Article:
He was literally the whitest blues guitarist in history. But Johnny Winter's playing was as deep and soulful as anybody who ever picked up the instrument. He and rocker brother Edgar Winter noodled around with Everly Brothers tunes right out of kindergarten. By 15, Winter had already recorded an album with a Houston label. In 1968, he found himself at the center of a record label bidding war after Rolling Stone lauded the albino bluesman's six-string prowess. He went on to release nearly 40 albums, as well as produce three Grammy winners for Muddy Waters. A performer at Woodstock, Winter was ranked in Rolling Stone's 100 Greatest Guitarists of All Time. The 70-year-old Winter died July 16, 2014, while on tour in Switzerland. (This interview was conducted two weeks before his death.)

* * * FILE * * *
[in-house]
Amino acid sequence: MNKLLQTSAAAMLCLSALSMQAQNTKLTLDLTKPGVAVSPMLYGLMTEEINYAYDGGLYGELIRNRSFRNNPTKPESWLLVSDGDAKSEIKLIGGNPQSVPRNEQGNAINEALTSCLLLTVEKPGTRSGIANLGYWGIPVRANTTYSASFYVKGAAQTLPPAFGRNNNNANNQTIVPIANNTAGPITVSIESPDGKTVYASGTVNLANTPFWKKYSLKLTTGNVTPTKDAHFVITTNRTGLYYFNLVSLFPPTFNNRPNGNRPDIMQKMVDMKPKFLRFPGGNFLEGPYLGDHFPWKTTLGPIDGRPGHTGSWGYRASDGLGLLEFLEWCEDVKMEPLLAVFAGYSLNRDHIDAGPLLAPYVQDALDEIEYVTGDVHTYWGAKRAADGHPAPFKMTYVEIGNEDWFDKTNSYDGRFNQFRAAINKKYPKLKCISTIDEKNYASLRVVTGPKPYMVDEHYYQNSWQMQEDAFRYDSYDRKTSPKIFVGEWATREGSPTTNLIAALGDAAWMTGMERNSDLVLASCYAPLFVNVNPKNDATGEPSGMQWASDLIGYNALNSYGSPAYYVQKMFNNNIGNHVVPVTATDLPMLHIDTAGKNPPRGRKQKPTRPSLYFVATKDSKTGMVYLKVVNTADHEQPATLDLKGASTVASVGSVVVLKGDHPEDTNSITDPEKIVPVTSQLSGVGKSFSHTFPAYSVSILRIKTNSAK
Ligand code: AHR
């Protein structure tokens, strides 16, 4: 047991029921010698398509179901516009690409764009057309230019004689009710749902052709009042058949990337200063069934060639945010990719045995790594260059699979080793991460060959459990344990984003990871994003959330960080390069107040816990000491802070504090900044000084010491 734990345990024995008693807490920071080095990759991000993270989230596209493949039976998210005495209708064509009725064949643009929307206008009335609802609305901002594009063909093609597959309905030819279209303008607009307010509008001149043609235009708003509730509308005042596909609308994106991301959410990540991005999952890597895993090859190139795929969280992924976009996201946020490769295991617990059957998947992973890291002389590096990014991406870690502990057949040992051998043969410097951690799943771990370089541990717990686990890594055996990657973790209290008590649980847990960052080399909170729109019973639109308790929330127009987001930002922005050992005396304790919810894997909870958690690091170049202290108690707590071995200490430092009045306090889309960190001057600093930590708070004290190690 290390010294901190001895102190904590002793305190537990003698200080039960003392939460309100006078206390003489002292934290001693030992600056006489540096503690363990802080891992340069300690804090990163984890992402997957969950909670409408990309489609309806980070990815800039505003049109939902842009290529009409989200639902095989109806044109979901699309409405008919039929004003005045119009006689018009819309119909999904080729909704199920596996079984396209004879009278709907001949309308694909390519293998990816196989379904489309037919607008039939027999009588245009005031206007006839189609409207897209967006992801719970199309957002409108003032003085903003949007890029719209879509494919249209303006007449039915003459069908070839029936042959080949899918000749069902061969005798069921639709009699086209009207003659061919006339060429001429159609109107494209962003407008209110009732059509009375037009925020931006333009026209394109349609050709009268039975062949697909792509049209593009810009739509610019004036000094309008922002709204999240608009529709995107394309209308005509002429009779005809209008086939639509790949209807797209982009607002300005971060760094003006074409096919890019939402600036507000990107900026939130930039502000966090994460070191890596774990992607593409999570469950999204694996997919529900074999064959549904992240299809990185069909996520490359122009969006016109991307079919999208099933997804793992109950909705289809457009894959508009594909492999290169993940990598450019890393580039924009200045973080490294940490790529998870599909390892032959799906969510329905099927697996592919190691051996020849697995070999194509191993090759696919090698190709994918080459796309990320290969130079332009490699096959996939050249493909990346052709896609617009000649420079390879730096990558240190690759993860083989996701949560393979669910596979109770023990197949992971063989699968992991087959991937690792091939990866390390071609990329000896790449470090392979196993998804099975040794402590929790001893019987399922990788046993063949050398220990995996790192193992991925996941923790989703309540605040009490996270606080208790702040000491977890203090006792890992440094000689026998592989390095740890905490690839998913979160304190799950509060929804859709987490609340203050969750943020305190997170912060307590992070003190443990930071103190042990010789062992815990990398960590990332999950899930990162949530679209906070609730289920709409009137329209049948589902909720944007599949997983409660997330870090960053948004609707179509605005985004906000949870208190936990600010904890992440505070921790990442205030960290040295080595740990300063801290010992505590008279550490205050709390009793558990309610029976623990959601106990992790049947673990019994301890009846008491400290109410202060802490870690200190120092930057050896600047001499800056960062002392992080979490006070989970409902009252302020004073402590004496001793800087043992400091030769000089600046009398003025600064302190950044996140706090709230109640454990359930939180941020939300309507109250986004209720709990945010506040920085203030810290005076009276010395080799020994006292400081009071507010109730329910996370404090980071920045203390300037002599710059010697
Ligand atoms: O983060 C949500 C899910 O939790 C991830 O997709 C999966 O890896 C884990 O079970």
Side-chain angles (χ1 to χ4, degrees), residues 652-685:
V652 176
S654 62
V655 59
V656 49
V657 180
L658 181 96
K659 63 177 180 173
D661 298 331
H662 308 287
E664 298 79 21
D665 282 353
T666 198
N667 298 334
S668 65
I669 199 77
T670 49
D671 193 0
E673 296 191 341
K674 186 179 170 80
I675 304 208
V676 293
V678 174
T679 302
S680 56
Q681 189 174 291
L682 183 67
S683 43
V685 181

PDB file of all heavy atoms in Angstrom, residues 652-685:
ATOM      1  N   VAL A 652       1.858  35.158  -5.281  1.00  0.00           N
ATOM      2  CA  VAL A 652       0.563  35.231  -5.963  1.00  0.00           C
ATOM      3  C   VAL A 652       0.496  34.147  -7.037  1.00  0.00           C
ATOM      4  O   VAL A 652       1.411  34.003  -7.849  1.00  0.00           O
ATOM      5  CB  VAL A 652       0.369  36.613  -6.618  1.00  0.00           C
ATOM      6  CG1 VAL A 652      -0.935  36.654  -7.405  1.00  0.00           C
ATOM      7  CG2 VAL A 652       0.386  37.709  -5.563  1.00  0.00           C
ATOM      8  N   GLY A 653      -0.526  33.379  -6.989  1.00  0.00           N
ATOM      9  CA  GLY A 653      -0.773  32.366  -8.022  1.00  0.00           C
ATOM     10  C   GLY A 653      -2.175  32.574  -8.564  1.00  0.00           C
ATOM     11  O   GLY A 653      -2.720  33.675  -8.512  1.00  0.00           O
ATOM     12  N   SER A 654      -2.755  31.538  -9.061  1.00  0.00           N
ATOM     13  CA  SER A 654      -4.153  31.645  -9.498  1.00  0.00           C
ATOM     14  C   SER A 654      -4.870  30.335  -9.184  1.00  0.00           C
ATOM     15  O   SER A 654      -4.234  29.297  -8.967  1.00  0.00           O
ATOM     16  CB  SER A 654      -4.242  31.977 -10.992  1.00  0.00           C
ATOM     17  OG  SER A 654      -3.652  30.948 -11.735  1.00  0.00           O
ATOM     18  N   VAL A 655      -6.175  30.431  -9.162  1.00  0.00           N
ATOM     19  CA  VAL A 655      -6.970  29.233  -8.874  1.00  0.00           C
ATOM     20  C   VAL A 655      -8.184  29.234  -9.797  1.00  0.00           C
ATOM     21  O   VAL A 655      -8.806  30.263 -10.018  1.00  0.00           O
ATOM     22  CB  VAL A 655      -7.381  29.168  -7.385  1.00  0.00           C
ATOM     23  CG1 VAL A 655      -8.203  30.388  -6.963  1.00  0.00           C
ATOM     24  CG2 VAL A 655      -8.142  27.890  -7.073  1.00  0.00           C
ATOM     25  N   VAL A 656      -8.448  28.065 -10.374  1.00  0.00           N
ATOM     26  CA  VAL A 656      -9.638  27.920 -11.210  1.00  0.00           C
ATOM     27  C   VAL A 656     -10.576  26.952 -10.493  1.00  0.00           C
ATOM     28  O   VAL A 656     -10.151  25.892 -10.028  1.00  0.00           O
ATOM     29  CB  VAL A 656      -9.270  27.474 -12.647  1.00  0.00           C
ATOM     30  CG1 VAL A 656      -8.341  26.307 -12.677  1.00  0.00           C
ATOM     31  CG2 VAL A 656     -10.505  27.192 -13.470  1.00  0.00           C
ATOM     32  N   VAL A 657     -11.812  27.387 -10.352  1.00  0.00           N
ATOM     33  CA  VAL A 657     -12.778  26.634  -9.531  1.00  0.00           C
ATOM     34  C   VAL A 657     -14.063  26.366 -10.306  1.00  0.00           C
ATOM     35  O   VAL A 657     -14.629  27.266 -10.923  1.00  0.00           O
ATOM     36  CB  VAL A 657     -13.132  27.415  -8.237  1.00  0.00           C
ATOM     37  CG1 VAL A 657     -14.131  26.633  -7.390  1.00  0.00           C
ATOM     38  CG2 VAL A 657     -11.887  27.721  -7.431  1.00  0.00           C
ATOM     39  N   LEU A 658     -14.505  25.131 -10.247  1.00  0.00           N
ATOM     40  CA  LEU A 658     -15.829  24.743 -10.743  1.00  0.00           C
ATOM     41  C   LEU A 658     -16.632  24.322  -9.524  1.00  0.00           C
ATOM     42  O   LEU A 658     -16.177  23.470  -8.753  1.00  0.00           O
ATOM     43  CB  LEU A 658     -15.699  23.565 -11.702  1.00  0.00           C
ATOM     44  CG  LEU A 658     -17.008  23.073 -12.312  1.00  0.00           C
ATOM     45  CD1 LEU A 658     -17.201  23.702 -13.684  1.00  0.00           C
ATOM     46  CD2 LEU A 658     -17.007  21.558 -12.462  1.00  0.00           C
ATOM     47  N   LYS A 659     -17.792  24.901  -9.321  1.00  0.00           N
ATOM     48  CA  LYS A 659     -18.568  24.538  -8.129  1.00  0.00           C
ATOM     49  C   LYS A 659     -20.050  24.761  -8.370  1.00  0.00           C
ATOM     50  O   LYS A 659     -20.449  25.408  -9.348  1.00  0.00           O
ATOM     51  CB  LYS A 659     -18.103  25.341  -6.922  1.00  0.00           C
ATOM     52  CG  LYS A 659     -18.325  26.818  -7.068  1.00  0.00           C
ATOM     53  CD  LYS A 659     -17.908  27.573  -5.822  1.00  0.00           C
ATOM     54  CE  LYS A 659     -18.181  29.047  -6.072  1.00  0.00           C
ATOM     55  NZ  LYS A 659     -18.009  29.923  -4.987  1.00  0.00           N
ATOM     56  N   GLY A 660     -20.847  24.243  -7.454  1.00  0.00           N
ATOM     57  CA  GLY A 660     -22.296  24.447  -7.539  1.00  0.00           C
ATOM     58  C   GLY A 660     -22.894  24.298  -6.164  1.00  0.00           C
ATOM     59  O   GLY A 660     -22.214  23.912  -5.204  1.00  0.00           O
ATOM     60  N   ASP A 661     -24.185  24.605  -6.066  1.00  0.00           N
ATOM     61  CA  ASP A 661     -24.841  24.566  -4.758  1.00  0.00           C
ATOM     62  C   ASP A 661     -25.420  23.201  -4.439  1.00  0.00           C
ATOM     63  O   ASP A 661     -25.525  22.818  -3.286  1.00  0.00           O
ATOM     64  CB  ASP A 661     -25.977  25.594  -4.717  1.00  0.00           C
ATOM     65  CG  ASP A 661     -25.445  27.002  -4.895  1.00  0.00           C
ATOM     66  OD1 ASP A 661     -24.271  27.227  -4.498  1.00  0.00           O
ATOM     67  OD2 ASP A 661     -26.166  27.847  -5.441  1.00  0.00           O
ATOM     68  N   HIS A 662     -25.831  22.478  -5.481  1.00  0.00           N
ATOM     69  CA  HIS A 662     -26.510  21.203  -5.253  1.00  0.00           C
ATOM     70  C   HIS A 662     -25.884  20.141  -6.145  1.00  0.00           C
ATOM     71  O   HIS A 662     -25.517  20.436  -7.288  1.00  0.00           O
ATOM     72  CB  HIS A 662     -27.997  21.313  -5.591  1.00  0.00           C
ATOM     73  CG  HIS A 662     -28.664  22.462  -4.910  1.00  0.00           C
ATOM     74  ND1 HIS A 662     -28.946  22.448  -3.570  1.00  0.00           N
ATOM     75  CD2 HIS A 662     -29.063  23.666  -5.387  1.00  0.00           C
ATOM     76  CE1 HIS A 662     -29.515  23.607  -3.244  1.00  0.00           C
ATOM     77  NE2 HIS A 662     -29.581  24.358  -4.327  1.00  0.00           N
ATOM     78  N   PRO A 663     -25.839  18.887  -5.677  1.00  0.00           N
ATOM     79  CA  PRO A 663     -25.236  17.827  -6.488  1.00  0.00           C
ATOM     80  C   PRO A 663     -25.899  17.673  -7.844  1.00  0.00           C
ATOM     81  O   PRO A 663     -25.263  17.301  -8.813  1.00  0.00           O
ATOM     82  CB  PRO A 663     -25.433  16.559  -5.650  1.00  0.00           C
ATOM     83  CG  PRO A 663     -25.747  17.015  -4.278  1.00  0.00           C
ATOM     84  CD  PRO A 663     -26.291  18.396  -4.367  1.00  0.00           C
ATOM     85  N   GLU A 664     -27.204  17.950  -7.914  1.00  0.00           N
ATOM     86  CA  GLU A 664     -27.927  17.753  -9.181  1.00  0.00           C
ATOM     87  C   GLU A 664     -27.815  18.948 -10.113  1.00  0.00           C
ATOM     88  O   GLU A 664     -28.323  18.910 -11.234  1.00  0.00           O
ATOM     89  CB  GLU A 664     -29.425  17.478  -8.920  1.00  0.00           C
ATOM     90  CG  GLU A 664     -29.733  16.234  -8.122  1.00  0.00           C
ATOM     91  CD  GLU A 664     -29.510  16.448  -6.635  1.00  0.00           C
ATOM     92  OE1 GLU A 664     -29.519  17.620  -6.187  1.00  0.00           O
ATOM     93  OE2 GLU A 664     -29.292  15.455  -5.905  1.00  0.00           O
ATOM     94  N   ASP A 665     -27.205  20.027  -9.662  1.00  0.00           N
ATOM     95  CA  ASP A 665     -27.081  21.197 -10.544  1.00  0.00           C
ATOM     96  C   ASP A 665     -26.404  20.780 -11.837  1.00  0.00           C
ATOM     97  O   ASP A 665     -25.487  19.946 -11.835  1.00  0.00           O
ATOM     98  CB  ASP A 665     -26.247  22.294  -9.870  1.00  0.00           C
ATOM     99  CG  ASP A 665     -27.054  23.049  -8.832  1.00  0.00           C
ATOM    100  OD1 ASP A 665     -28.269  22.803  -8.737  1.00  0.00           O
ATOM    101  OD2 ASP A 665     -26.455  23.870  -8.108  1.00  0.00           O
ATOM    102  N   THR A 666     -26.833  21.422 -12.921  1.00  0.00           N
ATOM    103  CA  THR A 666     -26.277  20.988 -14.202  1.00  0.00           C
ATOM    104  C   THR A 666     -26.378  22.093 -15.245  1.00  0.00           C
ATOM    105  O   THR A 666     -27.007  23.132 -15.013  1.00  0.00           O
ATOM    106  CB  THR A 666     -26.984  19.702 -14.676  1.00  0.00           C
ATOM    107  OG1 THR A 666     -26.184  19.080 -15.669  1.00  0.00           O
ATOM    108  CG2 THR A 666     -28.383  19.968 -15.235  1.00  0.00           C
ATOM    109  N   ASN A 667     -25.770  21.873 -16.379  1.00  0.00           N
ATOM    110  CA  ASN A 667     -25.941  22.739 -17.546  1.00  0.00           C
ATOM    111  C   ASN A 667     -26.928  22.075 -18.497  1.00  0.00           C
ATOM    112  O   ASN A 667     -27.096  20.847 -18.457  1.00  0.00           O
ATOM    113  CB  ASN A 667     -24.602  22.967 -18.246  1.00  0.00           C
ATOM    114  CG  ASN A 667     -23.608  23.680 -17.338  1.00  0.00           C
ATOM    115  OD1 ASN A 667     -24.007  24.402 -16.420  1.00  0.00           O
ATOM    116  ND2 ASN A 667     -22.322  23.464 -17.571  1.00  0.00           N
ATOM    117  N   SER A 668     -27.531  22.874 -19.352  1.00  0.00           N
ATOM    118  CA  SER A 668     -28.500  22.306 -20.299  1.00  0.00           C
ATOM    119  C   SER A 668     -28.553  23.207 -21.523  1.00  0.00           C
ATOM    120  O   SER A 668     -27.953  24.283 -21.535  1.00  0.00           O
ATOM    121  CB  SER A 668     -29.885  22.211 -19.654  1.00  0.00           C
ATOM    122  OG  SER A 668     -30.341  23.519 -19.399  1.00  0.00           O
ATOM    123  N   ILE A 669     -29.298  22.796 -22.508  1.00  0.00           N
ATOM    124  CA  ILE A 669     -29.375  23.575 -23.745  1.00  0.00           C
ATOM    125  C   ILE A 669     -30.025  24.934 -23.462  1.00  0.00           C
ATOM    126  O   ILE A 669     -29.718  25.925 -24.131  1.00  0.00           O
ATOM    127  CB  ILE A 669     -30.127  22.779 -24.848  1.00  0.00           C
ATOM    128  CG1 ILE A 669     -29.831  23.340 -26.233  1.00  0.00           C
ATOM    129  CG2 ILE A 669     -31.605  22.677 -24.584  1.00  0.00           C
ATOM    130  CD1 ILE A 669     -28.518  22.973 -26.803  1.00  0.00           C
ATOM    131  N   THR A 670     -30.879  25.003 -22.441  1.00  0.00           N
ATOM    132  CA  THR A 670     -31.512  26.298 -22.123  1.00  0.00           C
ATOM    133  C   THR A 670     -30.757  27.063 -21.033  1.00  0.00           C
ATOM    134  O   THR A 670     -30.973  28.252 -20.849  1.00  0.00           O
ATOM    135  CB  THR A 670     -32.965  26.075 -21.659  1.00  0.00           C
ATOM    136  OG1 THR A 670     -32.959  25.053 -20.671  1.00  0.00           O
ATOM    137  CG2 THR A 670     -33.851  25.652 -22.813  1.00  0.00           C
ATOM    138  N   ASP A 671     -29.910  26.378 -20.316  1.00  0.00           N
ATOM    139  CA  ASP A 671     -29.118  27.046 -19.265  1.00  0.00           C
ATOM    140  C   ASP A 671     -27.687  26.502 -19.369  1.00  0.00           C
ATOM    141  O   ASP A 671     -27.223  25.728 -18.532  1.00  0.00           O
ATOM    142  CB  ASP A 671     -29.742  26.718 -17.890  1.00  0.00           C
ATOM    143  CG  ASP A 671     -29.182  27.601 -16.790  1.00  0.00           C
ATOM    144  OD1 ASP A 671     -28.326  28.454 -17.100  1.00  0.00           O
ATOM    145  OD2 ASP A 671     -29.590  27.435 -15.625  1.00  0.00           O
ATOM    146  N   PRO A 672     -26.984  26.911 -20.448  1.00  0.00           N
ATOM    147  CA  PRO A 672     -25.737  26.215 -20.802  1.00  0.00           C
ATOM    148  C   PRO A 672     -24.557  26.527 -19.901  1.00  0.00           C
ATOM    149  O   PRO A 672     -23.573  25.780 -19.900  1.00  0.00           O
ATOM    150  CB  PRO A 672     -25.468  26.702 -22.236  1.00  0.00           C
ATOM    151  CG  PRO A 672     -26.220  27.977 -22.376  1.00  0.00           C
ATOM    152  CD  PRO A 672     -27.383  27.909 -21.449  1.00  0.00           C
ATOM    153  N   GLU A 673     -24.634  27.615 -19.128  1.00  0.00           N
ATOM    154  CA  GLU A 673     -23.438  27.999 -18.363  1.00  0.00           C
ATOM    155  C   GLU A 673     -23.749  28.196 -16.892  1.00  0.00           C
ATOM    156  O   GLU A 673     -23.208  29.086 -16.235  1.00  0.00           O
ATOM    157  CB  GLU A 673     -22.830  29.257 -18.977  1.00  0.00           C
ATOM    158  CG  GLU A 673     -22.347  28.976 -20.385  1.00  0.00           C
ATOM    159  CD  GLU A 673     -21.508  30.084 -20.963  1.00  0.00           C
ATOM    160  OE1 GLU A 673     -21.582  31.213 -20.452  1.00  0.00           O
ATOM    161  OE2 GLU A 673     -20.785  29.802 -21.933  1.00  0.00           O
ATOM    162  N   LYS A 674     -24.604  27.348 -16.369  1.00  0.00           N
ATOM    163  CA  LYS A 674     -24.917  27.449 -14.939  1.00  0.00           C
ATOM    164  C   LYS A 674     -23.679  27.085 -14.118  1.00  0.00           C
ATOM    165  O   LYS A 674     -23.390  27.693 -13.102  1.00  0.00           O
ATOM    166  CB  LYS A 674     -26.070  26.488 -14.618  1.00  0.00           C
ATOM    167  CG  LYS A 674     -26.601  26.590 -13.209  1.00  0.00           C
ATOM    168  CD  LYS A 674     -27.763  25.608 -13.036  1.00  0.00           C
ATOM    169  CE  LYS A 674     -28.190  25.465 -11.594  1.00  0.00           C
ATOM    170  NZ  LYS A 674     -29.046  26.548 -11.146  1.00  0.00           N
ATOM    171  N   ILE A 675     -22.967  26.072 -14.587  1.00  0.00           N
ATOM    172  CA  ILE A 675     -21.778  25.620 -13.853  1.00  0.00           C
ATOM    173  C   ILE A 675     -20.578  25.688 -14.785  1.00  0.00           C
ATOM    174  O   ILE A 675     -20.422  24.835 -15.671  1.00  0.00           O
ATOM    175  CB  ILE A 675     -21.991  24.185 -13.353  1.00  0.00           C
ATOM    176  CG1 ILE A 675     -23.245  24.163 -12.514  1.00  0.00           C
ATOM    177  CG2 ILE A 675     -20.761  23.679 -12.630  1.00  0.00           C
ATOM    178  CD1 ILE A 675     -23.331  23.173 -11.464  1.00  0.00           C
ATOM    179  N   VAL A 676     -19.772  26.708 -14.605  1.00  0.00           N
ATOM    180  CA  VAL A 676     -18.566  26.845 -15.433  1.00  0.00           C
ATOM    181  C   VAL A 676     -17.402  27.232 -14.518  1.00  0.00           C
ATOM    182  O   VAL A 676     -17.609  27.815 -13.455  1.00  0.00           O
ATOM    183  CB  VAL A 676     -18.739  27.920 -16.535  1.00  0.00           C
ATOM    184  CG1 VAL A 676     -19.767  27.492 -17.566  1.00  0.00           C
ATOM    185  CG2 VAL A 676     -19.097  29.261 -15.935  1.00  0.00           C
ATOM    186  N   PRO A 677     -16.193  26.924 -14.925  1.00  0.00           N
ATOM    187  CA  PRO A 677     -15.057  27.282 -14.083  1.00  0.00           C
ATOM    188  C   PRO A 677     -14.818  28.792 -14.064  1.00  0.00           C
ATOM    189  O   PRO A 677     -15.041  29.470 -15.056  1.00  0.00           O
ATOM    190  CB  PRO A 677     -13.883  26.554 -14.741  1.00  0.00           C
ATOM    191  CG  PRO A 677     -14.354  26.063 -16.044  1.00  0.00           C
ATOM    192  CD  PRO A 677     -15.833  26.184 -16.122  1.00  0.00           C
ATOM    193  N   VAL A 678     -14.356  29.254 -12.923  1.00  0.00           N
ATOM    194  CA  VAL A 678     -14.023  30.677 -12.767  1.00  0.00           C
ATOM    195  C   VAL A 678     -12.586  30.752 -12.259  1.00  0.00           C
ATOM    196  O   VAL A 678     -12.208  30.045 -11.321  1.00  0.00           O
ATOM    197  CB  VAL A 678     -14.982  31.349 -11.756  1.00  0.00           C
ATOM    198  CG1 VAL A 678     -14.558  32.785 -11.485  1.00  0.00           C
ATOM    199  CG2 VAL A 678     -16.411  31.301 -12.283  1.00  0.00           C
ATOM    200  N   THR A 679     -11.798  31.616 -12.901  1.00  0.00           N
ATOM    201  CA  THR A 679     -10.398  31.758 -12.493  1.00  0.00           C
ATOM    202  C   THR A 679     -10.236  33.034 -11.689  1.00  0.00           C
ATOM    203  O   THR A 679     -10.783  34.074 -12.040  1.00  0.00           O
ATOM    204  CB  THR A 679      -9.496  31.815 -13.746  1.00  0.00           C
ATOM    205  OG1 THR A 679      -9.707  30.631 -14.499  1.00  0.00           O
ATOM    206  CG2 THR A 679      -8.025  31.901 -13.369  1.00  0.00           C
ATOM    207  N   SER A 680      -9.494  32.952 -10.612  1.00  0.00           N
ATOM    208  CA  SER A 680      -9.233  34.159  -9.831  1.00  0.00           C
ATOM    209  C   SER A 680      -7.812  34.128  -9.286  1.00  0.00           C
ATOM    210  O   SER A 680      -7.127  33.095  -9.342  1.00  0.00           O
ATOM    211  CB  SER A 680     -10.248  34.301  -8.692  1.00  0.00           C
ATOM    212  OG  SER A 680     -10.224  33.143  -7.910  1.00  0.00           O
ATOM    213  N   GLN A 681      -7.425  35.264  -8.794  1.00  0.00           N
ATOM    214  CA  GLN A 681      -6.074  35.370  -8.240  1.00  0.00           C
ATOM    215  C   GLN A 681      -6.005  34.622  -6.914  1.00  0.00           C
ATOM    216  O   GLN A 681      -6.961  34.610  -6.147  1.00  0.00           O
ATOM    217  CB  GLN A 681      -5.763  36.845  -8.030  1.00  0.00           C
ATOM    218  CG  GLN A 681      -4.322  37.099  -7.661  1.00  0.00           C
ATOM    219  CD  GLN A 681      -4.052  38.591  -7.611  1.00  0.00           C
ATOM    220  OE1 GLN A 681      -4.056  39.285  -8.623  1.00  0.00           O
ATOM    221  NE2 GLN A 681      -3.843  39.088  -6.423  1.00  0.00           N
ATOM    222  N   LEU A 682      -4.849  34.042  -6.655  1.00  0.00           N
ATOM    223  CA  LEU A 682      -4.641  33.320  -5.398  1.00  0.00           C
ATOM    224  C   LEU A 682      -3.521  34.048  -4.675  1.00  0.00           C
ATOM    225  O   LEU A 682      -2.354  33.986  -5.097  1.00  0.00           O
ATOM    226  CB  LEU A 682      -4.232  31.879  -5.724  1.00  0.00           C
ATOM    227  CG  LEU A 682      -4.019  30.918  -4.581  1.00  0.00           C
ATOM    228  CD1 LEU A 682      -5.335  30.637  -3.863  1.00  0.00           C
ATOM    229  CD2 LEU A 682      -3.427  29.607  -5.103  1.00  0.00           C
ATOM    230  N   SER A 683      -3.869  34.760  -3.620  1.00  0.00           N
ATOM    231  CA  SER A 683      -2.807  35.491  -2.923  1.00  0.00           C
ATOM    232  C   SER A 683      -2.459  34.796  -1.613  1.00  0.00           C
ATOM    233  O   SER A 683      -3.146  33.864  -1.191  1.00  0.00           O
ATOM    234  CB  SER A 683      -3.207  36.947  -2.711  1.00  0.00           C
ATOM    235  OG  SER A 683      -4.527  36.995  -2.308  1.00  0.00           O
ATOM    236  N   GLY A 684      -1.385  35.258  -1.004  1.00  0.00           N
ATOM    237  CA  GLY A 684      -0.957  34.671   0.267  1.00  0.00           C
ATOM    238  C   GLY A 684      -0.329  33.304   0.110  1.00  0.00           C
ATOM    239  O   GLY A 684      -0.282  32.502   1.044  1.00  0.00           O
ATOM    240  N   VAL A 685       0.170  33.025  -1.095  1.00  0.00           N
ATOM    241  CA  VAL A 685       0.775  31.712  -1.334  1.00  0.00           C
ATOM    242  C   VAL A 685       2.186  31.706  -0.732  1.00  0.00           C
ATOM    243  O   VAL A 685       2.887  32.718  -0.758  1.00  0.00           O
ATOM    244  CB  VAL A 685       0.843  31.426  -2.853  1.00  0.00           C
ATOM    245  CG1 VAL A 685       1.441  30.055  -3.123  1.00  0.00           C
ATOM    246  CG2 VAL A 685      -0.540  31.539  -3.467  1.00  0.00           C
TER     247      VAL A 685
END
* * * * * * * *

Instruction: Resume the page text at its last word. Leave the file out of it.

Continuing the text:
"We were playing the Spectrum in Philadelphia in '71 or '72. It had a revolving stage. The whole band took acid before we played. This was not a good idea. We all got way, way higher than we thought we were going to.
"We were onstage playing, and Tommy (Shannon, bassist) came up to me and said, 'Are we playing?'
"I said, 'I hope so. There's a whole bunch of people out there. We better be.'
"Then I'd walk away from the mic and get lost. I couldn't find my way back to the mic.
"The stage wasn't really going that fast, but it felt like it was just racing. It would move and the sound would completely change because the people were in different places. When the show was over, we thought we were back where we started, but we got off in the middle of the fucking audience. That was definitely the worst gig I ever played. It was a mess. We didn't know where we were or what we were doing."
— Johnny Winter